Quick Review – The Spy’s Wife by Fiona McIntosh

The Spy's Wife Cover

Publisher: Michael Joseph (Trade Paperback – 2 November 2021)

Series: Standalone

Length: 420 pages

My Rating: 4.25 out of 5 stars

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Australia’s leading author of the historical drama, Fiona McIntosh, returns with another compelling and intriguing novel, The Spy’s Wife, which takes the reader on an intense and powerful dive into pre-World War II Nazi Germany.

McIntosh is a great author whose work has spanned several genres of fantastic fiction.  McIntosh debuted back in 2001 with the fantasy novel Betrayal, the first book in her Trinity trilogy.  From there she wrote several fascinating fantasy trilogies, including The Quickening, Percheron and Valisar series, before moving on to other genres.  This includes her Jack Hawksworth crime series (initially written under the pen name Lauren Crow) and the Shapeshifter children’s fantasy series.  However, in recent years, McIntosh has been best known for her impressive collection of historical drama novels that take the reader on some deep journeys to compelling bygone periods with complex characters and intriguing historical elements.  These include The Pearl Thief, The Diamond Hunter and The Champagne War, each of which were excellent reads with some compelling historical hooks to them.  Her latest book, The Spy’s Wife, was another amazing read that contained a thrilling plot.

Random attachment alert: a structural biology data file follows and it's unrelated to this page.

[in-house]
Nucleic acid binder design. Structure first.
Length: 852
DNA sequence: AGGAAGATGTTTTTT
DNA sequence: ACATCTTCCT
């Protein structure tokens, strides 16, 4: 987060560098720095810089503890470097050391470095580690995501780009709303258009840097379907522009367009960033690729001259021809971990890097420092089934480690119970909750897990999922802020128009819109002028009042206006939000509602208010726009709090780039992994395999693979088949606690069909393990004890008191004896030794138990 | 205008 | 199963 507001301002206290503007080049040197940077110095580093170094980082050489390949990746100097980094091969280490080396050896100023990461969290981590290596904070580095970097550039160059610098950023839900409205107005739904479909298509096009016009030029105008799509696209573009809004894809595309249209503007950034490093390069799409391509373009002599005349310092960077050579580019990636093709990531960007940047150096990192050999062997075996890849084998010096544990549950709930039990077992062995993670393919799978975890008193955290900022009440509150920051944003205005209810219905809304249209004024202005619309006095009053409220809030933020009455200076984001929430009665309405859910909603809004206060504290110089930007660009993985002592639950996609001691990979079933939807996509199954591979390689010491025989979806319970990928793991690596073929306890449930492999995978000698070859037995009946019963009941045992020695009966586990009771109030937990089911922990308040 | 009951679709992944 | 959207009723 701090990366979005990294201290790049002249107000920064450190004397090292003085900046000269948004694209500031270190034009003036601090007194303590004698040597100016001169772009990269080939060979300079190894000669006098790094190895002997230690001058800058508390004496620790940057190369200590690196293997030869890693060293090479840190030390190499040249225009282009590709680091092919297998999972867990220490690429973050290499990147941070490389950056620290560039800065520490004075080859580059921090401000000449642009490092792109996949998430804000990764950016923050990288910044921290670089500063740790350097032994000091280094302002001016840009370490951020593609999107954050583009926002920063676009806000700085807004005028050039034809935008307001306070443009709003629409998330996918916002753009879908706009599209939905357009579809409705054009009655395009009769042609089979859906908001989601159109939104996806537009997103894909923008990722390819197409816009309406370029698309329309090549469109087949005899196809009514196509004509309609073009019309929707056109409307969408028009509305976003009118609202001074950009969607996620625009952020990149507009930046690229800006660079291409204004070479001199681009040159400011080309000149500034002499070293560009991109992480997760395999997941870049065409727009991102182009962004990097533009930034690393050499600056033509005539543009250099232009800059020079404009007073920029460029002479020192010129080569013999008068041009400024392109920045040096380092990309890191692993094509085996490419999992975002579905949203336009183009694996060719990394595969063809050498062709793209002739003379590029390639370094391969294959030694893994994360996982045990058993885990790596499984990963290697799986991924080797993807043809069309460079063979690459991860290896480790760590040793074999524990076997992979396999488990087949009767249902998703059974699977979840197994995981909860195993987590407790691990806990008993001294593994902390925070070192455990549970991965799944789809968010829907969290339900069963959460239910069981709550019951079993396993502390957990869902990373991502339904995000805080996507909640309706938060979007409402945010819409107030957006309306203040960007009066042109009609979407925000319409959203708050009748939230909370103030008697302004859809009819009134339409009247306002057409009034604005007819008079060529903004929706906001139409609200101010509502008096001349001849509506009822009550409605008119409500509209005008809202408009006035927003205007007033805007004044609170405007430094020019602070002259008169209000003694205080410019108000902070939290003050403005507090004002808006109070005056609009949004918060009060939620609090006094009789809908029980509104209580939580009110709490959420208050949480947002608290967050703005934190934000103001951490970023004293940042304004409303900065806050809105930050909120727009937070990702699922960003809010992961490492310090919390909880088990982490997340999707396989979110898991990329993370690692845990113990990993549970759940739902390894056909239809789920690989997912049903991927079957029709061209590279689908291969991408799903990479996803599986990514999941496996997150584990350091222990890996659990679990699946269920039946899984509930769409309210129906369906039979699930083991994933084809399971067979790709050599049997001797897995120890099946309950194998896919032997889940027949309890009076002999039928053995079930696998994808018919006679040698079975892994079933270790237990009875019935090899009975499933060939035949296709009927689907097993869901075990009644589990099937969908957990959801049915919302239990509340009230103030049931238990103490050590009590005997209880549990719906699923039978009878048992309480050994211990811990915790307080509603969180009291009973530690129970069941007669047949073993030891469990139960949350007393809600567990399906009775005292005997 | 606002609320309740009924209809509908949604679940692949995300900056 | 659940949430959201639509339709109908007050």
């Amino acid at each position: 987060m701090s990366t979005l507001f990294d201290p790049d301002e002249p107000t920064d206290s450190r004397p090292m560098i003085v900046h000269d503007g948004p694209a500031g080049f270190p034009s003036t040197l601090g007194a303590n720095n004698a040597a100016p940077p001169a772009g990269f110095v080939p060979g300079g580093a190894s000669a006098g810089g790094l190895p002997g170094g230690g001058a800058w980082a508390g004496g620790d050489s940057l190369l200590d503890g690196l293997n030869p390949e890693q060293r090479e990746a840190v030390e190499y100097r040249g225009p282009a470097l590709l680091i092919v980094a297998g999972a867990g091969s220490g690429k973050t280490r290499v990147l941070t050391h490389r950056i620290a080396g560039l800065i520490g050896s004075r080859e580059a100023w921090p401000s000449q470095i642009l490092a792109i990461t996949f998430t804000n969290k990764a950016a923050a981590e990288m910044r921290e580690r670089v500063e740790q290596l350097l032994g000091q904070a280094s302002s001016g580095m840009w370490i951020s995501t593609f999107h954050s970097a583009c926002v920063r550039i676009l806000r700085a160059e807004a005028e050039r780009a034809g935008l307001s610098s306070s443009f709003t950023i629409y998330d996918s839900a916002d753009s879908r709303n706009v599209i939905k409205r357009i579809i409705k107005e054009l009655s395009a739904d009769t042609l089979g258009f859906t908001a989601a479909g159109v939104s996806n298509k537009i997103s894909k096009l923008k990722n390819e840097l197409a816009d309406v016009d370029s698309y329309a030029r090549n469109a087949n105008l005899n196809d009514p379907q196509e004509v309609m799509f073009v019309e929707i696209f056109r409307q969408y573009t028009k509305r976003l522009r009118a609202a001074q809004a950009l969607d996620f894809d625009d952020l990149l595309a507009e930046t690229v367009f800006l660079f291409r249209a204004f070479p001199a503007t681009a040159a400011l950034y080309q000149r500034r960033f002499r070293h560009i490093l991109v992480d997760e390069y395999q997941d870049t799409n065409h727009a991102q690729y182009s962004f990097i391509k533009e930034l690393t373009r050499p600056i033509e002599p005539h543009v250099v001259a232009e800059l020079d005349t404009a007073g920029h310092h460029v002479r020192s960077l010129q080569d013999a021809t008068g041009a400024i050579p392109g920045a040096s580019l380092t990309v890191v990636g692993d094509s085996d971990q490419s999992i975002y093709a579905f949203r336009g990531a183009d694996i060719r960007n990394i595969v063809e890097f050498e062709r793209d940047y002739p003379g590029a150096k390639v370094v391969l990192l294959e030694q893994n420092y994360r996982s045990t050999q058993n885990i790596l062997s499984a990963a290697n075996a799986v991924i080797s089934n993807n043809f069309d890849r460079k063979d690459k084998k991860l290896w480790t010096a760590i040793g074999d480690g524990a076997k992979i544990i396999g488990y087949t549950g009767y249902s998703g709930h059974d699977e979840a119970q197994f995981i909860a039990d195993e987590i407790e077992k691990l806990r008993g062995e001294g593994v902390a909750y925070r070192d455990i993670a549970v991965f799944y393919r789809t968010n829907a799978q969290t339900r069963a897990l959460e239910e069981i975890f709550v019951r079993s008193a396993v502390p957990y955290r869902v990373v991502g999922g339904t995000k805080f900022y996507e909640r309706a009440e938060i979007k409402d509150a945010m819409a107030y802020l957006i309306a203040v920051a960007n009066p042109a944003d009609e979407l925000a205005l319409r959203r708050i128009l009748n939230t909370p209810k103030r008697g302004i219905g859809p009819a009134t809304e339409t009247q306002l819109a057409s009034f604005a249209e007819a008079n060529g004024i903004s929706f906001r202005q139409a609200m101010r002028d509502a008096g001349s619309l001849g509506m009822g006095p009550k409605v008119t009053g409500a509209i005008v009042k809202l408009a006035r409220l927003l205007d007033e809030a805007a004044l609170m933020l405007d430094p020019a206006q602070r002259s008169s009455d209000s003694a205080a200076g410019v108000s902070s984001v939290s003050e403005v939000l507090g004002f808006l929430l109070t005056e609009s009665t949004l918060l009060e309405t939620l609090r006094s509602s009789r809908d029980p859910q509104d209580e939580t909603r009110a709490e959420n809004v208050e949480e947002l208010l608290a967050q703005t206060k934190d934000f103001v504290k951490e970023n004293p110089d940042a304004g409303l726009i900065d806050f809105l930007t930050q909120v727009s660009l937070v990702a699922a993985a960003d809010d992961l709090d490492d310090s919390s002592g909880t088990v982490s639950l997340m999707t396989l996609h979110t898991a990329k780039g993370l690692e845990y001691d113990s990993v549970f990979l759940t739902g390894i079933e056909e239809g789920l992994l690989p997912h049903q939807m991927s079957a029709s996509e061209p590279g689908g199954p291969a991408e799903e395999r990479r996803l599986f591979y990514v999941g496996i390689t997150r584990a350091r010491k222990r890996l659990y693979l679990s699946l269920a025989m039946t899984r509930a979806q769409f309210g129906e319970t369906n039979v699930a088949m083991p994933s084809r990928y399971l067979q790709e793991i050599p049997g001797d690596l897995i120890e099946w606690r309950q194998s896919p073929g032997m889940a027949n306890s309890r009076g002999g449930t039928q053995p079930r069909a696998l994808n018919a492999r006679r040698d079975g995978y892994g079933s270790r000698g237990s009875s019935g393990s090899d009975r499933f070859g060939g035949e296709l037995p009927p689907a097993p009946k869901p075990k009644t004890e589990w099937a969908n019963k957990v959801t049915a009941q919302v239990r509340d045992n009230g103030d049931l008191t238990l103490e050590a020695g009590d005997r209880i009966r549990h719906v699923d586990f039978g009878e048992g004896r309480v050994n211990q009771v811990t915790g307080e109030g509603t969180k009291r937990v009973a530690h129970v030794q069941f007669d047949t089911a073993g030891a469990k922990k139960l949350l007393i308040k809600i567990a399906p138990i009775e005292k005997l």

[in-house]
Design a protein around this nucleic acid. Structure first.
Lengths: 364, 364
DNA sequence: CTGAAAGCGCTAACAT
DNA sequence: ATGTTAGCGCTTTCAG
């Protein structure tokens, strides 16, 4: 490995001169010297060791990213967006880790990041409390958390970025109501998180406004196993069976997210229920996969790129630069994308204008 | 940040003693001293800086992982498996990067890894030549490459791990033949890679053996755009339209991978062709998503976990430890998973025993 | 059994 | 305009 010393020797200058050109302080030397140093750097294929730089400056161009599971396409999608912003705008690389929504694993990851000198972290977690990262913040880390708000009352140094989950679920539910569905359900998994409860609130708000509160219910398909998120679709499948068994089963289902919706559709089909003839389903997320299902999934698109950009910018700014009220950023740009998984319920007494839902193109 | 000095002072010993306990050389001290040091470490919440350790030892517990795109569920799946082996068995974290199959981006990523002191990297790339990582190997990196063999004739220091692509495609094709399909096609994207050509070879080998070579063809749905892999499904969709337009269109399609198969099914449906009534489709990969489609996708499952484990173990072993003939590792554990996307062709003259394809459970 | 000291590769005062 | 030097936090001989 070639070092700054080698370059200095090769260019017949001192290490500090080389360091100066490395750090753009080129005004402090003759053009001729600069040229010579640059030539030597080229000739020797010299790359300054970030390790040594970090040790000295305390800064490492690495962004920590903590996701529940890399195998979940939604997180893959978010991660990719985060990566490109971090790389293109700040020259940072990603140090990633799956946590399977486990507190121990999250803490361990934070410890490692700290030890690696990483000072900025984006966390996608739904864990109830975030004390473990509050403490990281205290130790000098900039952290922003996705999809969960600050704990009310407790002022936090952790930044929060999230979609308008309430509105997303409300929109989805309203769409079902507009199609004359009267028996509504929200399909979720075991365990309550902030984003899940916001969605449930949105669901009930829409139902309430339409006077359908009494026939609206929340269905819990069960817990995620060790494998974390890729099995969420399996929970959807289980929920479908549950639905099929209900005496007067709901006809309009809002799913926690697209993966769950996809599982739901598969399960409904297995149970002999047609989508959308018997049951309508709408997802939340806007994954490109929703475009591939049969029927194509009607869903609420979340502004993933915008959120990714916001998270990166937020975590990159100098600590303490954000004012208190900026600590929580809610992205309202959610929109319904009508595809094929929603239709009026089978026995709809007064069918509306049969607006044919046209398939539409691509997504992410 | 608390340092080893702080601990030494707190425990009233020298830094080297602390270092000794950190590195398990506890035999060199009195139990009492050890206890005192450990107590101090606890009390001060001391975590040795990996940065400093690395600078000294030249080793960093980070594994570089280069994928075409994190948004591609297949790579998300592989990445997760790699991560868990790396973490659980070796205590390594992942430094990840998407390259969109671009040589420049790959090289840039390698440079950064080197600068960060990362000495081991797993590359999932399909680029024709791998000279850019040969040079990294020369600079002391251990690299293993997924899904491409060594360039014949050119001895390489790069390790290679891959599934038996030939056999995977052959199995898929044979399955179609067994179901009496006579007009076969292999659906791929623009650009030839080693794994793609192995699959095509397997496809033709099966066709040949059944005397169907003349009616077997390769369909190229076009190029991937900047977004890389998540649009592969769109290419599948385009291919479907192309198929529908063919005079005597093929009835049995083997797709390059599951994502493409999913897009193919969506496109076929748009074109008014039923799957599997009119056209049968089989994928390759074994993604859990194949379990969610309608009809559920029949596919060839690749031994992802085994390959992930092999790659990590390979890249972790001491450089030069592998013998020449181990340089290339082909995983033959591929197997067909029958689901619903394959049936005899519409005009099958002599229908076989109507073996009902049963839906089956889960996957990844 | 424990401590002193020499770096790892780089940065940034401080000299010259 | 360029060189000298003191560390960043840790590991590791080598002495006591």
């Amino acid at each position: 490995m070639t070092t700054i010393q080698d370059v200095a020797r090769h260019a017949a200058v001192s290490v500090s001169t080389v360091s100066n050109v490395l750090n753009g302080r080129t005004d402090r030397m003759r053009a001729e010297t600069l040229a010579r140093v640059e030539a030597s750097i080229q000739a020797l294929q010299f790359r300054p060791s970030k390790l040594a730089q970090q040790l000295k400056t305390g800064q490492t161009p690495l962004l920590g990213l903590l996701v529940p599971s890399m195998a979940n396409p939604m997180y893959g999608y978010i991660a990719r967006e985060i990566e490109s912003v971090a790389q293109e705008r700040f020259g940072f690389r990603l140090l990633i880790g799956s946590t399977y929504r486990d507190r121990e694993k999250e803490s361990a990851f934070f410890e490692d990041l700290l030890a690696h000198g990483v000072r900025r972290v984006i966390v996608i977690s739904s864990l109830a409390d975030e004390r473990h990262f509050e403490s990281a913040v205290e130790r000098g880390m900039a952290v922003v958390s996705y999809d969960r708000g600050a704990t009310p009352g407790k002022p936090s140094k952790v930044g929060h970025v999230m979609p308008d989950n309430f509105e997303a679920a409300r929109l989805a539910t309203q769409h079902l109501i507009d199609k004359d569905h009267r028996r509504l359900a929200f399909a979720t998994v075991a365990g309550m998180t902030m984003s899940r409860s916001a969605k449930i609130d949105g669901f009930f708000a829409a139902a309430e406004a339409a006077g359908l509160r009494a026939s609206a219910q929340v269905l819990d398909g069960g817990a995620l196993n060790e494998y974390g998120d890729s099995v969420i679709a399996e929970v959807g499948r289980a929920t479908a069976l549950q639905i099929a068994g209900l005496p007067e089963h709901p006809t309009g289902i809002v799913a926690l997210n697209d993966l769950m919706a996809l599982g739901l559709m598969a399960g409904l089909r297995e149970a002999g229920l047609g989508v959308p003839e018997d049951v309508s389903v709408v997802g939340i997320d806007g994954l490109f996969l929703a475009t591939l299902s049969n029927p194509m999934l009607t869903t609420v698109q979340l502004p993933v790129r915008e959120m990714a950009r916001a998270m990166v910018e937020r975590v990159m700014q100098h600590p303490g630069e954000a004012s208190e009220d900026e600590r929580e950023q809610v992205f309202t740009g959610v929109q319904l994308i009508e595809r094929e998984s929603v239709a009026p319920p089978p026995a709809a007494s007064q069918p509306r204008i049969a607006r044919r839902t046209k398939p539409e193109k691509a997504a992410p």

Evie, a widow and stationmaster’s daughter, helplessly looks out for the weekly visit of the handsome man she and her sister call The Southerner on their train platform in the wilds of northern England. When polite salutations shift to friendly conversations, they become captivated by each other’s reticent manner. After so much sorrow, the childless Evie can’t believe love and the chance for her own family has come into her life again.